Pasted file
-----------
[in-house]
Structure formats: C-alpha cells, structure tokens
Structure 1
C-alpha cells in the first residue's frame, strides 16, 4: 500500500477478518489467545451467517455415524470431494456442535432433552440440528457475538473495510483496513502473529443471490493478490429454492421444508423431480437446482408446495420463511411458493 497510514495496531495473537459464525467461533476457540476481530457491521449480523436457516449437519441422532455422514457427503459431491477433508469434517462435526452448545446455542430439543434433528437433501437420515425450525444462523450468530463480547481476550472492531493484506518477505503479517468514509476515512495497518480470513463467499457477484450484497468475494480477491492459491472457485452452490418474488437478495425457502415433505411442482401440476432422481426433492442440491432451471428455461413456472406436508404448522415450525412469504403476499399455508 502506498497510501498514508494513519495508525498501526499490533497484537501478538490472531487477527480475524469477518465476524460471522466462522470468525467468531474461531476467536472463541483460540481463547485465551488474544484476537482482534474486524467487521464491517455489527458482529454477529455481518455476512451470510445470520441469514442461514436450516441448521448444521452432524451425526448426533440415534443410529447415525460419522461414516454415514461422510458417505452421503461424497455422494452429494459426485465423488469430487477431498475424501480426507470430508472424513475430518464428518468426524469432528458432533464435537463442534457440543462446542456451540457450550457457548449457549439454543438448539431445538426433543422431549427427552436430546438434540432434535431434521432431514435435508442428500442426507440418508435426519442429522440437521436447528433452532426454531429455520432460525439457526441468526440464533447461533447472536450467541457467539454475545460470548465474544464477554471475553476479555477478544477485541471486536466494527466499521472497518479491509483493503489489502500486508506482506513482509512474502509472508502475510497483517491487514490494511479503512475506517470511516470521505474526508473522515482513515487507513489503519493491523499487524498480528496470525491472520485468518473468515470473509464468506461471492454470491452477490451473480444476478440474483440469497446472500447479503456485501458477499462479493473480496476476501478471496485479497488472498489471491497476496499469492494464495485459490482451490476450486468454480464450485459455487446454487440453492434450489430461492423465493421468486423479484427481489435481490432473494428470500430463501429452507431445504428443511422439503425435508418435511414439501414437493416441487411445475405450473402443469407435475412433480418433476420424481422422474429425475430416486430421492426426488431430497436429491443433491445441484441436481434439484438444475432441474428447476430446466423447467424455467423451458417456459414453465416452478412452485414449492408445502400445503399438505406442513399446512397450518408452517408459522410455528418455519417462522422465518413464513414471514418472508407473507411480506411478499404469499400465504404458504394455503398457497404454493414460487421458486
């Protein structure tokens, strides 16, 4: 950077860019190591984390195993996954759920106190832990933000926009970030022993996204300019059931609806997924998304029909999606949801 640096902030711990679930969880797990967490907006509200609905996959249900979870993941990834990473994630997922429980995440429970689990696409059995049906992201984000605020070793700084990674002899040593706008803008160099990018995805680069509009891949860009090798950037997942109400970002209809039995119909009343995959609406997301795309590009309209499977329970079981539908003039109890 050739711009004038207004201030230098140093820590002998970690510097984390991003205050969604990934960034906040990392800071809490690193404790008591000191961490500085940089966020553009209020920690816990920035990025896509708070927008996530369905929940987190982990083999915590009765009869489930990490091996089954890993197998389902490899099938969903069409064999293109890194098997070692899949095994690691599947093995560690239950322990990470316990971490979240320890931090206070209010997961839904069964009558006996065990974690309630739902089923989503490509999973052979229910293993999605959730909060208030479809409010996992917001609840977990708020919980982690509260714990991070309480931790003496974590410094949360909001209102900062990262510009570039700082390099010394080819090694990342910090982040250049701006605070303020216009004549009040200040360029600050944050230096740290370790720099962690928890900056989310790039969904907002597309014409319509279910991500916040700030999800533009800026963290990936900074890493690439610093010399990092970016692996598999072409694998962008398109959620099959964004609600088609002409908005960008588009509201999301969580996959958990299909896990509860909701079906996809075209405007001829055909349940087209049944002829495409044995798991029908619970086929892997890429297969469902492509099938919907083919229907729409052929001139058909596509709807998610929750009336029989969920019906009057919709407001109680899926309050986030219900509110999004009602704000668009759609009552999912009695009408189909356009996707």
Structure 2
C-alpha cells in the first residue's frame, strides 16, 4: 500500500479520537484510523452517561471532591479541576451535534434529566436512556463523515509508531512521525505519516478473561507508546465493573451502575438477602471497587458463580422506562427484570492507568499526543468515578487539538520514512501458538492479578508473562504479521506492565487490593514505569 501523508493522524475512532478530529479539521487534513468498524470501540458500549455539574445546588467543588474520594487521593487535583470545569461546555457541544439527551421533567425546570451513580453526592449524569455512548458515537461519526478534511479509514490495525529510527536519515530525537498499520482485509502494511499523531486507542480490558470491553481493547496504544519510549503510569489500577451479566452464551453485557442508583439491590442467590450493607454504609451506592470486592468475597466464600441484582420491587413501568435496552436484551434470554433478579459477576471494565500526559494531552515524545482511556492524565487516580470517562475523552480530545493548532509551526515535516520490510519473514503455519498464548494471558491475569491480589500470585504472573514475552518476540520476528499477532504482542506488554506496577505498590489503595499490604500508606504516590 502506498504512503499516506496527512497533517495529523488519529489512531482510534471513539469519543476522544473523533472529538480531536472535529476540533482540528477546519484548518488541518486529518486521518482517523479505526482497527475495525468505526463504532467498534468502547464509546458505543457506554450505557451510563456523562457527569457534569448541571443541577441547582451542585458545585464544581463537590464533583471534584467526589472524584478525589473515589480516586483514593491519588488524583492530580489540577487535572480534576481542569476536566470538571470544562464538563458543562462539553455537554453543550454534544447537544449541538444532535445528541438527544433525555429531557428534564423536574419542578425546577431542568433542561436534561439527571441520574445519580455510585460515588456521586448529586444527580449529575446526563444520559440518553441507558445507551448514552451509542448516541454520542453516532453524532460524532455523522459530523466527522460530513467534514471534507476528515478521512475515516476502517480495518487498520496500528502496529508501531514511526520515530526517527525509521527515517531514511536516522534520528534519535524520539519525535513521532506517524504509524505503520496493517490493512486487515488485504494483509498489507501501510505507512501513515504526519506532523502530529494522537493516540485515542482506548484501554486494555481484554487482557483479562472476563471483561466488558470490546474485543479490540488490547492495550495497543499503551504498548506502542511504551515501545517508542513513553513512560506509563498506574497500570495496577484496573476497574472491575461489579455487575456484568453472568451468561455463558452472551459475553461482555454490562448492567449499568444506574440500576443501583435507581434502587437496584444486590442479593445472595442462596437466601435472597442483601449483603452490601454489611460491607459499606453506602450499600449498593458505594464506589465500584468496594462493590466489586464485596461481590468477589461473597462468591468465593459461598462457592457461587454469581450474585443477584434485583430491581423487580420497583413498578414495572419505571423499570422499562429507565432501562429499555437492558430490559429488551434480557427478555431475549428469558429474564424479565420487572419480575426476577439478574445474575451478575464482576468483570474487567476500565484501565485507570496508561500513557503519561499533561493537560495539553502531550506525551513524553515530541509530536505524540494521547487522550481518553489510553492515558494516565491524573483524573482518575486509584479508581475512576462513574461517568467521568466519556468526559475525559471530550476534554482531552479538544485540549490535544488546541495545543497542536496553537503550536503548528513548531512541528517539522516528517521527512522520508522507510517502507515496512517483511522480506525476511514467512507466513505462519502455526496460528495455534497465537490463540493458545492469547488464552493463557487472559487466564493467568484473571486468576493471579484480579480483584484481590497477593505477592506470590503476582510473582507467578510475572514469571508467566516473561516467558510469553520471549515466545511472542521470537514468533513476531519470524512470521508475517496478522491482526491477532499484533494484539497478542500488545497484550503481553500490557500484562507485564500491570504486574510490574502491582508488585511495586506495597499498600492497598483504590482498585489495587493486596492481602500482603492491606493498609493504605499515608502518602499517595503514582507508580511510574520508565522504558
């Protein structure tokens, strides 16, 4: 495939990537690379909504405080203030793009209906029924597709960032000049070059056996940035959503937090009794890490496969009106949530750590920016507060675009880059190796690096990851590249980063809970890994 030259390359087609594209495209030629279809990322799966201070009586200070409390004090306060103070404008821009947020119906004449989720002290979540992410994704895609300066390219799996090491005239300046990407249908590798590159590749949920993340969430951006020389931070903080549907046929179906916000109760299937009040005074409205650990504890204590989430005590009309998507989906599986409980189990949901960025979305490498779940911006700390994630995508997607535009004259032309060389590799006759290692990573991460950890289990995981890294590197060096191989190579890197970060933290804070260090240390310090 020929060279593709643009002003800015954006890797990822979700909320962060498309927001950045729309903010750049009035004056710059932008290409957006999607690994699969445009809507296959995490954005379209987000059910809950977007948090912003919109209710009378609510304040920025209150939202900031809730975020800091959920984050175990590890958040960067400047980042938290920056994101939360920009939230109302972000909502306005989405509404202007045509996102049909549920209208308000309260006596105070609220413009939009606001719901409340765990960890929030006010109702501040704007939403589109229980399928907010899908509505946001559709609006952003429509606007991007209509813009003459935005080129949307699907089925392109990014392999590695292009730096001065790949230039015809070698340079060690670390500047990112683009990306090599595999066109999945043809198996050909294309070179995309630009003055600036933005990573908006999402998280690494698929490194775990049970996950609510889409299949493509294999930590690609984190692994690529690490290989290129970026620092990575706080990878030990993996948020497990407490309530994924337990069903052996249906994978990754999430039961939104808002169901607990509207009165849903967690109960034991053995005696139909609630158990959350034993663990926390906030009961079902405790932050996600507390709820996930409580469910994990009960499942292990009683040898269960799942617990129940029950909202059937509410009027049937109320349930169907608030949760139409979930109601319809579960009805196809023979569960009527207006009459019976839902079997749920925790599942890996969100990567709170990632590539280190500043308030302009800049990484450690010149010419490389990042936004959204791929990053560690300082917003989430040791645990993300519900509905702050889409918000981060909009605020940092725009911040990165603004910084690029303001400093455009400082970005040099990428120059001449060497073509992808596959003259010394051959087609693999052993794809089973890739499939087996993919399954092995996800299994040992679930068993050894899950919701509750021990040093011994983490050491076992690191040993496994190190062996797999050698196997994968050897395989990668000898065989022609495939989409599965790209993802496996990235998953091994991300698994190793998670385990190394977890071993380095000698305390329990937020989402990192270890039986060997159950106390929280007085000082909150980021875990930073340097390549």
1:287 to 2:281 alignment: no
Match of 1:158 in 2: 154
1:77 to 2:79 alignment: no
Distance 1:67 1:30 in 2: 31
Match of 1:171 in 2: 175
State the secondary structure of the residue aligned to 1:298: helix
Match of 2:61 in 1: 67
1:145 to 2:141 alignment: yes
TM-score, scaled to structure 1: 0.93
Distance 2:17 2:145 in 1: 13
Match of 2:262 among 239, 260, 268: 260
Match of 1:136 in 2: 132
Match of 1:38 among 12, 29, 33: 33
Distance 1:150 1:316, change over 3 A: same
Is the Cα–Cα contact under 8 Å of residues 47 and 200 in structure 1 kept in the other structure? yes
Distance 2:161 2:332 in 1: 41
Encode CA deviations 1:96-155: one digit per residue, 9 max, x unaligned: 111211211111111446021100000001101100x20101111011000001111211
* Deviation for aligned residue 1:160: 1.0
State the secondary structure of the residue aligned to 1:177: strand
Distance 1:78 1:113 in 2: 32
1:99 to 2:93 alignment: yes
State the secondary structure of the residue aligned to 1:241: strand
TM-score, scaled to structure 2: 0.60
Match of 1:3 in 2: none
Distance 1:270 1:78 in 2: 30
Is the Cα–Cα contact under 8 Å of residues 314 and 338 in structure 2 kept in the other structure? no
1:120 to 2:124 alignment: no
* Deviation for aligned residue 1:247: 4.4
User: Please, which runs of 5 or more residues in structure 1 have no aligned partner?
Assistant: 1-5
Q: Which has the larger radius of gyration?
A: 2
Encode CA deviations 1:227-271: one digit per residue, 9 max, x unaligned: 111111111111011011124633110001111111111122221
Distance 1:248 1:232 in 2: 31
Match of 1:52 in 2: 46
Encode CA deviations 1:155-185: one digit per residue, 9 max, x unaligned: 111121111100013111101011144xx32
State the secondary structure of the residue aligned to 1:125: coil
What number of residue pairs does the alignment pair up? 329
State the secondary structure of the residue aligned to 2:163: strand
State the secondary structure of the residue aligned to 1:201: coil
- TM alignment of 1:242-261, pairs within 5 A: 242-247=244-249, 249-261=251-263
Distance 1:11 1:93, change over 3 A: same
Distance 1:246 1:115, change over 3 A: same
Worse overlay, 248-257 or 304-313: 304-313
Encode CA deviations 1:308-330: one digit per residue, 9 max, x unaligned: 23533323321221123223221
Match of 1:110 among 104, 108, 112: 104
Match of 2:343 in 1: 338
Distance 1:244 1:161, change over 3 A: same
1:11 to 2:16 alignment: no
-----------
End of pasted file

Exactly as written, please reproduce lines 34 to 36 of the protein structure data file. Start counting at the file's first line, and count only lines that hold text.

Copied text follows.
Is the Cα–Cα contact under 8 Å of residues 314 and 338 in structure 2 kept in the other structure? no
1:120 to 2:124 alignment: no
* Deviation for aligned residue 1:247: 4.4